In addition to the Greatest Hits initially released by Priority in 1996, Capitol and Ruthless Records jointly released The N.W.A Legacy, Vol. 1: 1988–1998 in 1999, a compilation that contained songs by other rap artists and only three songs from the actual group but various solo tracks from the five members. The success of the album prompted a second volume, The N.W.A Legacy, Vol. 2, three years later. It emulated the format of its predecessor, containing only three genuine N.W.A tracks and many solo efforts by the crew members. In 2007, a new greatest hits package was released, entitled The Best of N.W.A: The Strength of Street Knowledge.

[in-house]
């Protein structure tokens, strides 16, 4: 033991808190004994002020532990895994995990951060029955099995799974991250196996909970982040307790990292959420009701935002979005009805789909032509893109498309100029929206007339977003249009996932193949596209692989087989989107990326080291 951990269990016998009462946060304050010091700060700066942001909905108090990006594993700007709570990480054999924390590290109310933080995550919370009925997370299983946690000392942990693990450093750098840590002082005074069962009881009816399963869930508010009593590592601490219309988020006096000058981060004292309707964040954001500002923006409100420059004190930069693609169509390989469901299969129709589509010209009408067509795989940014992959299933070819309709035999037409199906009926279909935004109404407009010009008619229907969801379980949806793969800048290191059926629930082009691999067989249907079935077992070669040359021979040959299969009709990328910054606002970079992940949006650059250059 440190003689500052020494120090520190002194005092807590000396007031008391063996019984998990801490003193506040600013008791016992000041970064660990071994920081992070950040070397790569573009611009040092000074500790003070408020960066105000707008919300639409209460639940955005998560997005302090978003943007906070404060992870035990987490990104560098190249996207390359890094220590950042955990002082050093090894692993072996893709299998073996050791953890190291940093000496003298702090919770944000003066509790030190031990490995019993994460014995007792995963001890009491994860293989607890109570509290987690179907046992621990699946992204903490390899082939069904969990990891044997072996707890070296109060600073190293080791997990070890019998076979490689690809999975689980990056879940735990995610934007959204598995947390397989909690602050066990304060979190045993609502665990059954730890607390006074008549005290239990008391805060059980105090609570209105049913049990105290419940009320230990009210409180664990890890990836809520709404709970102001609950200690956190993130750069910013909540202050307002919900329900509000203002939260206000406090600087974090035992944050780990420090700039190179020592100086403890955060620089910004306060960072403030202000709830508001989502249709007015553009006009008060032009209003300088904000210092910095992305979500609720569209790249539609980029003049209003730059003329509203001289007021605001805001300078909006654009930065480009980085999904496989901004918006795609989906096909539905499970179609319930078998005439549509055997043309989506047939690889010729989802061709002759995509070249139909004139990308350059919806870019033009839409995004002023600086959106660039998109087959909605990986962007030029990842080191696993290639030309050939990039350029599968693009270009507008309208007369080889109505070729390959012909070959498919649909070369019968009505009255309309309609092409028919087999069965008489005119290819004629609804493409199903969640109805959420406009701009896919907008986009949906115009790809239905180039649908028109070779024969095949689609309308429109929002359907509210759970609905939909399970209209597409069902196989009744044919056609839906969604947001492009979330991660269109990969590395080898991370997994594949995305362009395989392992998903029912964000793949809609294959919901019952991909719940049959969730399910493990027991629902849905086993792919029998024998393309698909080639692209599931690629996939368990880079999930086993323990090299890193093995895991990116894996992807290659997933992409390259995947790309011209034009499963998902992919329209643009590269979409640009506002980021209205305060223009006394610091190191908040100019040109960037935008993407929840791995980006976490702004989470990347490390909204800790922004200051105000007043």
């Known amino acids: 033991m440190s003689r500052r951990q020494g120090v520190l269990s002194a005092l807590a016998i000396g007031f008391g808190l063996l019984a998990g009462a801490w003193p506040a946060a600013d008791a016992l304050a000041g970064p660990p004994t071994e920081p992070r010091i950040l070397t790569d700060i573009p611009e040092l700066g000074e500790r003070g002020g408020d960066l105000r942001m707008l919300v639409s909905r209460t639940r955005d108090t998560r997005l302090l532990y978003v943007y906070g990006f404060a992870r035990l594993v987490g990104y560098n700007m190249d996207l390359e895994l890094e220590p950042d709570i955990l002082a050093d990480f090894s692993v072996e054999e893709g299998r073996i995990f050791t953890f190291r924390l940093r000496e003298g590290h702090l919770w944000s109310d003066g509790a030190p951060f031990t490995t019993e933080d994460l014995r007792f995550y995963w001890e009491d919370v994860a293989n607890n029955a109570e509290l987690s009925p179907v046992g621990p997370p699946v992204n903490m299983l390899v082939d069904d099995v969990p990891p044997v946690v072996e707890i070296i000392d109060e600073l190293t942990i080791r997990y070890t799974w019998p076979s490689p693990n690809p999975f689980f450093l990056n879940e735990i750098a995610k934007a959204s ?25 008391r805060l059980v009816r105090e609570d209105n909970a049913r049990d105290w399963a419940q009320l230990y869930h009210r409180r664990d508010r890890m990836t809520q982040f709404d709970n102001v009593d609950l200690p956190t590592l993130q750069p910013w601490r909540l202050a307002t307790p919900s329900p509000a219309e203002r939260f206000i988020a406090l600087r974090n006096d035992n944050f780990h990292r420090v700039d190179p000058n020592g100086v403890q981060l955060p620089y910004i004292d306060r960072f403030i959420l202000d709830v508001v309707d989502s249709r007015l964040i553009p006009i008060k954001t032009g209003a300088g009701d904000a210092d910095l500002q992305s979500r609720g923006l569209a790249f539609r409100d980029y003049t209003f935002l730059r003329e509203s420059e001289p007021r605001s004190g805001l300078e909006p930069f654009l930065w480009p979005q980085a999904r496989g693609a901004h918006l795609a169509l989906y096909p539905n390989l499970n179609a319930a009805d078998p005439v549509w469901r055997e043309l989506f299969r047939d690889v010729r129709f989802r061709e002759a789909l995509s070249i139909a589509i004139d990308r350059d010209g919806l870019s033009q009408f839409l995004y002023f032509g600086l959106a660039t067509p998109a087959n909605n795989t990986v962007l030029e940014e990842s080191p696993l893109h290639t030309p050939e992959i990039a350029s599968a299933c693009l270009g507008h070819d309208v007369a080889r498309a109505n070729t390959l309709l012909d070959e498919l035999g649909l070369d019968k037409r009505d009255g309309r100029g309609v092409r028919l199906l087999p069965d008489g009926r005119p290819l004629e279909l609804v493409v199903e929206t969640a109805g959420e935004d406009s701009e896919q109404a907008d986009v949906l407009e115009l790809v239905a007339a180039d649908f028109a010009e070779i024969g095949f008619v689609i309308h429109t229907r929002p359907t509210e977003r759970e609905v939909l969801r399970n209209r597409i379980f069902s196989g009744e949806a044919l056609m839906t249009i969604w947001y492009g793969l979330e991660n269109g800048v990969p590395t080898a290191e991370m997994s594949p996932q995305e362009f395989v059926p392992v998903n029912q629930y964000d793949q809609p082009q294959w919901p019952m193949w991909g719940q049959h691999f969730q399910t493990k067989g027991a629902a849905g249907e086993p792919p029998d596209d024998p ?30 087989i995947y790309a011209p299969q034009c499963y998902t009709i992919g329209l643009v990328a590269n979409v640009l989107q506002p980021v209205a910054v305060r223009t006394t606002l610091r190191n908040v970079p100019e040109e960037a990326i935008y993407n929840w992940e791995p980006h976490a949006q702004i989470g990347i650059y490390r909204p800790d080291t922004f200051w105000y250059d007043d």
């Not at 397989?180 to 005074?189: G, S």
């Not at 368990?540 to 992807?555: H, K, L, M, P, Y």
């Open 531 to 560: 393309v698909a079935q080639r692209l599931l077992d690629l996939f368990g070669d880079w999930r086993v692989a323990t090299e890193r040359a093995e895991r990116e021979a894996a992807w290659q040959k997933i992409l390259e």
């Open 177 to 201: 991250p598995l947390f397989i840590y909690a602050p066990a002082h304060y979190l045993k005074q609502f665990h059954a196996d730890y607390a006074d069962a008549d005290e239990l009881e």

In 2014, Ice Cube appeared on MC Ren's remix for "Rebel Music". This was the first time the duo had worked together since the N.W.A reunion in 2000.[28]

On June 27, 2015, MC Ren and DJ Yella joined Ice Cube during his solo set as part of the BET Experience show at the Staples Center in Los Angeles, California. This marked the first reunion performance of the group (minus Dr. Dre) in 15 years. Following a 27-year hiatus, the group reunited with surviving members Ice Cube, MC Ren, Dr. Dre and DJ Yella taking the stage during the second weekend of the Coachella Valley Music and Arts Festival in April 2016, just days following the group's Rock N' Roll Hall of Fame induction.[29][30]